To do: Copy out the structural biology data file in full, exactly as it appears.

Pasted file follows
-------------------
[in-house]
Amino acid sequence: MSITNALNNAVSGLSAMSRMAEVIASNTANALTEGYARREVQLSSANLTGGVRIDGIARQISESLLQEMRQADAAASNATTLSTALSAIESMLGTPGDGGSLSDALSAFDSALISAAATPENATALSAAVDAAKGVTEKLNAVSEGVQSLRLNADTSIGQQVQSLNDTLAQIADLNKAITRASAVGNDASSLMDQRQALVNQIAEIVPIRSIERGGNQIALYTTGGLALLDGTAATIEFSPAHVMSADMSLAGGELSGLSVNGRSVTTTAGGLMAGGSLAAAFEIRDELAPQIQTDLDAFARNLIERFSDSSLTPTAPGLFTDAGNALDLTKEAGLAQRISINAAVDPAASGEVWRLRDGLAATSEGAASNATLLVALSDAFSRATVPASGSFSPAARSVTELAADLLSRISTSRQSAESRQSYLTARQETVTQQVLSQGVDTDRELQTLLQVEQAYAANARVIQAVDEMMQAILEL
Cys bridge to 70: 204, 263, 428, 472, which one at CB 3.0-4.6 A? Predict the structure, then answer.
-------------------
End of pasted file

[in-house]
Amino acid sequence: MSITNALNNAVSGLSAMSRMAEVIASNTANALTEGYARREVQLSSANLTGGVRIDGIARQISESLLQEMRQADAAASNATTLSTALSAIESMLGTPGDGGSLSDALSAFDSALISAAATPENATALSAAVDAAKGVTEKLNAVSEGVQSLRLNADTSIGQQVQSLNDTLAQIADLNKAITRASAVGNDASSLMDQRQALVNQIAEIVPIRSIERGGNQIALYTTGGLALLDGTAATIEFSPAHVMSADMSLAGGELSGLSVNGRSVTTTAGGLMAGGSLAAAFEIRDELAPQIQTDLDAFARNLIERFSDSSLTPTAPGLFTDAGNALDLTKEAGLAQRISINAAVDPAASGEVWRLRDGLAATSEGAASNATLLVALSDAFSRATVPASGSFSPAARSVTELAADLLSRISTSRQSAESRQSYLTARQETVTQQVLSQGVDTDRELQTLLQVEQAYAANARVIQAVDEMMQAILEL
Cys bridge to 70: 204, 263, 428, 472, which one at CB 3.0-4.6 A? Predict the structure, then answer.